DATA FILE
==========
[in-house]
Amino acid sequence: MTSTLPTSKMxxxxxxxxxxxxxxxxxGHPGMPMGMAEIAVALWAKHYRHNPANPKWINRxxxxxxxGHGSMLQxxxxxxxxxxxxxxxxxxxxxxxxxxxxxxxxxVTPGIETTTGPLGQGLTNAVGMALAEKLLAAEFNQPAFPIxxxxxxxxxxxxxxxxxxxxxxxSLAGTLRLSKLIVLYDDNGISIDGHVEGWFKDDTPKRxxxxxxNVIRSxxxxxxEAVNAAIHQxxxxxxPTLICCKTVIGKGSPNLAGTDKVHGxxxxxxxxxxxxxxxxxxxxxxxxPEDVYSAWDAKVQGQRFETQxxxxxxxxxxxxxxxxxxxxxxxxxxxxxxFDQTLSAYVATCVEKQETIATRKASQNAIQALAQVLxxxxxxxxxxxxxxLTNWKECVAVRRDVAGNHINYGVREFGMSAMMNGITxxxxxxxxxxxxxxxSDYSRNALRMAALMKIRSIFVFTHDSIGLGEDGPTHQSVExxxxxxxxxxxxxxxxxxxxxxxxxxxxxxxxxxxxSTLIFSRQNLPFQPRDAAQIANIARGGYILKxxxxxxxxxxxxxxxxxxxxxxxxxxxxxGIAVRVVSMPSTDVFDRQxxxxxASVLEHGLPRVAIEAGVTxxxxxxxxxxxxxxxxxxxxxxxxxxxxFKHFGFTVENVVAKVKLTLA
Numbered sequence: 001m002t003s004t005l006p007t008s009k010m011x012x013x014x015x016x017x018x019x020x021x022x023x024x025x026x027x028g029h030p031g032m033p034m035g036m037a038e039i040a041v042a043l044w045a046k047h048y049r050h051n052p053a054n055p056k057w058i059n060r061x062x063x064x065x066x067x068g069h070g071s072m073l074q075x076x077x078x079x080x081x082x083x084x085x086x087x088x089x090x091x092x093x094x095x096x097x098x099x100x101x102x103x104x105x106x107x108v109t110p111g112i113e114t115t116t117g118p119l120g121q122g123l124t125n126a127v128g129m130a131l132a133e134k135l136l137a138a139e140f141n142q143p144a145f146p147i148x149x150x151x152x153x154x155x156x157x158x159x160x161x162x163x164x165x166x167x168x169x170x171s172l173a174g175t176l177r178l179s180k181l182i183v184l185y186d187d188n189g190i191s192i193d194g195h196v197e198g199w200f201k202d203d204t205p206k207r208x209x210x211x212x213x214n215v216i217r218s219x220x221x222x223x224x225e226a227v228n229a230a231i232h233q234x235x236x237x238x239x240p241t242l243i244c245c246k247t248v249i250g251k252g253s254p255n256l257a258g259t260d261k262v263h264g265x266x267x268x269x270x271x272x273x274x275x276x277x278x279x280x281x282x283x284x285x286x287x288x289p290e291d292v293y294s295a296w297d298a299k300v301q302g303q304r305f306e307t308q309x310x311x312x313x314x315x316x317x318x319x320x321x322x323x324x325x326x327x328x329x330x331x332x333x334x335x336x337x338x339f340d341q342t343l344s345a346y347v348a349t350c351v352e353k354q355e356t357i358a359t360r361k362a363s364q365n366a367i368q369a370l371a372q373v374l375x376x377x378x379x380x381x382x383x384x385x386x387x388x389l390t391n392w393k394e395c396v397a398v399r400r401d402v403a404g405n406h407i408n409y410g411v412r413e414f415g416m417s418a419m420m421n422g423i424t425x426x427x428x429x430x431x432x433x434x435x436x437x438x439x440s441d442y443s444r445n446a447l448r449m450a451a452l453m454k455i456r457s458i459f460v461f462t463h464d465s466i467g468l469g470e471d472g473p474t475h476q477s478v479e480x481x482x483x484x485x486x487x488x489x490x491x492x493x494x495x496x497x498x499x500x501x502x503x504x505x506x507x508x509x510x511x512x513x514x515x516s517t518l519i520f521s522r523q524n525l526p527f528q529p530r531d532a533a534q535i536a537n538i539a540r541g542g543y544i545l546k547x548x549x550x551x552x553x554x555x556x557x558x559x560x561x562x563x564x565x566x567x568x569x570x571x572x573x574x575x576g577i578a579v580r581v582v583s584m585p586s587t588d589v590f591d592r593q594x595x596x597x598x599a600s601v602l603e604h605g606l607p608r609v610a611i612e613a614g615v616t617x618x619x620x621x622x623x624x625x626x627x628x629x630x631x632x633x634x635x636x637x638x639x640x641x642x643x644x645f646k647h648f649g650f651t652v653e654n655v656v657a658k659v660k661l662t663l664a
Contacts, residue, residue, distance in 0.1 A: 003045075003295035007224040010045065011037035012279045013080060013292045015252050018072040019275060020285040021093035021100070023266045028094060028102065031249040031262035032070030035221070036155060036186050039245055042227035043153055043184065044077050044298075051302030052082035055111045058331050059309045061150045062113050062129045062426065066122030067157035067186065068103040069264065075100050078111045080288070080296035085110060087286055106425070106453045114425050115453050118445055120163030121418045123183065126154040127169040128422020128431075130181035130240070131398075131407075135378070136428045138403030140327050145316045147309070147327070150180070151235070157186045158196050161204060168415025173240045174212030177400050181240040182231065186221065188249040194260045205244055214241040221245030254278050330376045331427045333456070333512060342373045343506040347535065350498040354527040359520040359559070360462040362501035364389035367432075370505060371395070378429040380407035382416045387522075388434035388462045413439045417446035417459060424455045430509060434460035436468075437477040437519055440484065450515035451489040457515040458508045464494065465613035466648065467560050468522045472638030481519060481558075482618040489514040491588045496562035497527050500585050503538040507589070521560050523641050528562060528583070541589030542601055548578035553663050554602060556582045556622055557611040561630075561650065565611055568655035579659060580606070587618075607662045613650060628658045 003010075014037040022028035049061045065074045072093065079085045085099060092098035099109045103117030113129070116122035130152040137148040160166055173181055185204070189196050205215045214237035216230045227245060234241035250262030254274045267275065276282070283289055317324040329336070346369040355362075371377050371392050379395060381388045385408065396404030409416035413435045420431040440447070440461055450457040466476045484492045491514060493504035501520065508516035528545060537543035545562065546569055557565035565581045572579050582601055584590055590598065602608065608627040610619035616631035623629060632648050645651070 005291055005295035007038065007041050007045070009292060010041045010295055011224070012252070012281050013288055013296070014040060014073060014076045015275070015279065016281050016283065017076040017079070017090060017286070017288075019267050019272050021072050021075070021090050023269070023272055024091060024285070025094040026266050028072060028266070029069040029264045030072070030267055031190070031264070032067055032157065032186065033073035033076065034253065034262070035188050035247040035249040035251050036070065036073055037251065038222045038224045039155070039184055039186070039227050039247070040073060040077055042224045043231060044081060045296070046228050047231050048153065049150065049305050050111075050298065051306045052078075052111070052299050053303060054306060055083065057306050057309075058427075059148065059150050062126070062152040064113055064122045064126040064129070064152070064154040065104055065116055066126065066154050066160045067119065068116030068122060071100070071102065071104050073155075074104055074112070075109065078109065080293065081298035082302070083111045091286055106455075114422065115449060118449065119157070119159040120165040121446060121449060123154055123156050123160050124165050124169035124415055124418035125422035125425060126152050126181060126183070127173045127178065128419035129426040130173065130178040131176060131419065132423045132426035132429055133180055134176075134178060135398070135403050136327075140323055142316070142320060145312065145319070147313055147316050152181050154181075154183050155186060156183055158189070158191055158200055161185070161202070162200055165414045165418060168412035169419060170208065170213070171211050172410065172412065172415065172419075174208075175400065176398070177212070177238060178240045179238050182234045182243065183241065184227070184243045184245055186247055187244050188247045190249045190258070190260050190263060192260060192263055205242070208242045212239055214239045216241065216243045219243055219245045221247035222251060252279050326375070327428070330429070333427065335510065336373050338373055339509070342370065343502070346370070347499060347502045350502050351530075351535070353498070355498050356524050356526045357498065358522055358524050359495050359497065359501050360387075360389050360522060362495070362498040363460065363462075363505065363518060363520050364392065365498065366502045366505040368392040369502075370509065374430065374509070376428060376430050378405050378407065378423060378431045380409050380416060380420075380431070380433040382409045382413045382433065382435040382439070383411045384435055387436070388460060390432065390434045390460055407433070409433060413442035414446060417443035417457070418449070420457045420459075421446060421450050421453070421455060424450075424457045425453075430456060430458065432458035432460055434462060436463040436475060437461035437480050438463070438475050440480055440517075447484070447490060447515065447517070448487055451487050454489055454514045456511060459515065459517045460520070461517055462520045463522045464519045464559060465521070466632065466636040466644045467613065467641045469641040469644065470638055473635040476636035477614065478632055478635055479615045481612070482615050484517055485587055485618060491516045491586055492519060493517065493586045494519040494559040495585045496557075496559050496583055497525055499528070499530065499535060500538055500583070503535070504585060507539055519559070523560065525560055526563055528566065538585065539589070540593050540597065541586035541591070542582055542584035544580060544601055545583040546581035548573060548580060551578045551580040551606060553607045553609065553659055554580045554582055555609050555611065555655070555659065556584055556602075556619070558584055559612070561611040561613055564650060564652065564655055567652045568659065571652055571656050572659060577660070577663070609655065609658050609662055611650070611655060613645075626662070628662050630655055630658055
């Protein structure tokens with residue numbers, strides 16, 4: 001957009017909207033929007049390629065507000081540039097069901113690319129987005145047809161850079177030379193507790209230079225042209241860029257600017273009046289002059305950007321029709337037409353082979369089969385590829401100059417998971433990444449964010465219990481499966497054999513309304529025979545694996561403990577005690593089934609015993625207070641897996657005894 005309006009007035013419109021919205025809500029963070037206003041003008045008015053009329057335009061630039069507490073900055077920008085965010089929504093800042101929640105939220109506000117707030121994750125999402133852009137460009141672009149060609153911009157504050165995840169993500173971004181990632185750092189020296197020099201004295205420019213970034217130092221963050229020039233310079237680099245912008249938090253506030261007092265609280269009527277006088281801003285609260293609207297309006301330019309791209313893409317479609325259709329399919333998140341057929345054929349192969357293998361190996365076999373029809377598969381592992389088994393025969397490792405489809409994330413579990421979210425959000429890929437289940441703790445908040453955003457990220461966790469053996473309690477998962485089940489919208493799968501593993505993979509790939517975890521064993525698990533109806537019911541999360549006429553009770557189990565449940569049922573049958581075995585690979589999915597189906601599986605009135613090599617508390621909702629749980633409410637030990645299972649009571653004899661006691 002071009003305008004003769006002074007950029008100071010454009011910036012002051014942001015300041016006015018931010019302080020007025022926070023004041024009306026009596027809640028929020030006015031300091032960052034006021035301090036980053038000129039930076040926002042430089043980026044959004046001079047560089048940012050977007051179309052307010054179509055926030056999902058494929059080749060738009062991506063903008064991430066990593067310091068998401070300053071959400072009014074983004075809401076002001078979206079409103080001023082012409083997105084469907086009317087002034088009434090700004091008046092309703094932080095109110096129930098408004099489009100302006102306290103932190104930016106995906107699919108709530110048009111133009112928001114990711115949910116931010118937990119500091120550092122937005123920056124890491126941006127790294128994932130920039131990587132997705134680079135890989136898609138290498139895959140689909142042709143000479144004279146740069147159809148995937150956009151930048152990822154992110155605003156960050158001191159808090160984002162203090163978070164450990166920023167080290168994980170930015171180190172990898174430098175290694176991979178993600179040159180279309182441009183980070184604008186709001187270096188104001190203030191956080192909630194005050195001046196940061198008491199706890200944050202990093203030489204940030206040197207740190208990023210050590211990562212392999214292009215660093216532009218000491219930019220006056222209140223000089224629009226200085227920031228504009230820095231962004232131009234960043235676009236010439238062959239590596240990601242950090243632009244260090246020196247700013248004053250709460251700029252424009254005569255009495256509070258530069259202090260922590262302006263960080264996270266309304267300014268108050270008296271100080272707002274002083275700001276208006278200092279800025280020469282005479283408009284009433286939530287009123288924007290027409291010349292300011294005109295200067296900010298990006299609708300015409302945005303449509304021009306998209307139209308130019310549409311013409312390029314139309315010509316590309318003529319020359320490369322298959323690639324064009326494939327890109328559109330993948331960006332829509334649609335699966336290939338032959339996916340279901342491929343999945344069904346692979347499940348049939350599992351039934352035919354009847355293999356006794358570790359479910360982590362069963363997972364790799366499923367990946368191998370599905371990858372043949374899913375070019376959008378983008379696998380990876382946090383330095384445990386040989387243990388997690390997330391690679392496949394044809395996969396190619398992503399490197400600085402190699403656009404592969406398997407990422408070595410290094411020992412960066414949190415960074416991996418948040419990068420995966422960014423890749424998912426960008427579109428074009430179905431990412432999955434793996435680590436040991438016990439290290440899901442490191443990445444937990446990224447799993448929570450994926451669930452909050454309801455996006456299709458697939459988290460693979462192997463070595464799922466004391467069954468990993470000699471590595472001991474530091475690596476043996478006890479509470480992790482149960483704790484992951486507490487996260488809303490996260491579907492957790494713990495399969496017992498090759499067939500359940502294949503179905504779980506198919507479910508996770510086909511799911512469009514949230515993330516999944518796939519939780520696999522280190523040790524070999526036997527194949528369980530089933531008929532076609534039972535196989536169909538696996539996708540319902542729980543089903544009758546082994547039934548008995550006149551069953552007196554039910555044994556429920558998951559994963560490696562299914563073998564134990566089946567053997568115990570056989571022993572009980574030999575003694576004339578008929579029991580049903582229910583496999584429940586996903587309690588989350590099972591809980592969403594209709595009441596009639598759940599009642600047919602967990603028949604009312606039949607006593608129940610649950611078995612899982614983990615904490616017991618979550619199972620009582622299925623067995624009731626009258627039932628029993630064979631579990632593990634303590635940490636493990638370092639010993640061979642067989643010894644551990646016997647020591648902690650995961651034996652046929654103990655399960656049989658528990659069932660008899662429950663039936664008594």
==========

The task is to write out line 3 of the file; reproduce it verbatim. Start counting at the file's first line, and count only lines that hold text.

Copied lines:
Numbered sequence: 001m002t003s004t005l006p007t008s009k010m011x012x013x014x015x016x017x018x019x020x021x022x023x024x025x026x027x028g029h030p031g032m033p034m035g036m037a038e039i040a041v042a043l044w045a046k047h048y049r050h051n052p053a054n055p056k057w058i059n060r061x062x063x064x065x066x067x068g069h070g071s072m073l074q075x076x077x078x079x080x081x082x083x084x085x086x087x088x089x090x091x092x093x094x095x096x097x098x099x100x101x102x103x104x105x106x107x108v109t110p111g112i113e114t115t116t117g118p119l120g121q122g123l124t125n126a127v128g129m130a131l132a133e134k135l136l137a138a139e140f141n142q143p144a145f146p147i148x149x150x151x152x153x154x155x156x157x158x159x160x161x162x163x164x165x166x167x168x169x170x171s172l173a174g175t176l177r178l179s180k181l182i183v184l185y186d187d188n189g190i191s192i193d194g195h196v197e198g199w200f201k202d203d204t205p206k207r208x209x210x211x212x213x214n215v216i217r218s219x220x221x222x223x224x225e226a227v228n229a230a231i232h233q234x235x236x237x238x239x240p241t242l243i244c245c246k247t248v249i250g251k252g253s254p255n256l257a258g259t260d261k262v263h264g265x266x267x268x269x270x271x272x273x274x275x276x277x278x279x280x281x282x283x284x285x286x287x288x289p290e291d292v293y294s295a296w297d298a299k300v301q302g303q304r305f306e307t308q309x310x311x312x313x314x315x316x317x318x319x320x321x322x323x324x325x326x327x328x329x330x331x332x333x334x335x336x337x338x339f340d341q342t343l344s345a346y347v348a349t350c351v352e353k354q355e356t357i358a359t360r361k362a363s364q365n366a367i368q369a370l371a372q373v374l375x376x377x378x379x380x381x382x383x384x385x386x387x388x389l390t391n392w393k394e395c396v397a398v399r400r401d402v403a404g405n406h407i408n409y410g411v412r413e414f415g416m417s418a419m420m421n422g423i424t425x426x427x428x429x430x431x432x433x434x435x436x437x438x439x440s441d442y443s444r445n446a447l448r449m450a451a452l453m454k455i456r457s458i459f460v461f462t463h464d465s466i467g468l469g470e471d472g473p474t475h476q477s478v479e480x481x482x483x484x485x486x487x488x489x490x491x492x493x494x495x496x497x498x499x500x501x502x503x504x505x506x507x508x509x510x511x512x513x514x515x516s517t518l519i520f521s522r523q524n525l526p527f528q529p530r531d532a533a534q535i536a537n538i539a540r541g542g543y544i545l546k547x548x549x550x551x552x553x554x555x556x557x558x559x560x561x562x563x564x565x566x567x568x569x570x571x572x573x574x575x576g577i578a579v580r581v582v583s584m585p586s587t588d589v590f591d592r593q594x595x596x597x598x599a600s601v602l603e604h605g606l607p608r609v610a611i612e613a614g615v616t617x618x619x620x621x622x623x624x625x626x627x628x629x630x631x632x633x634x635x636x637x638x639x640x641x642x643x644x645f646k647h648f649g650f651t652v653e654n655v656v657a658k659v660k661l662t663l664a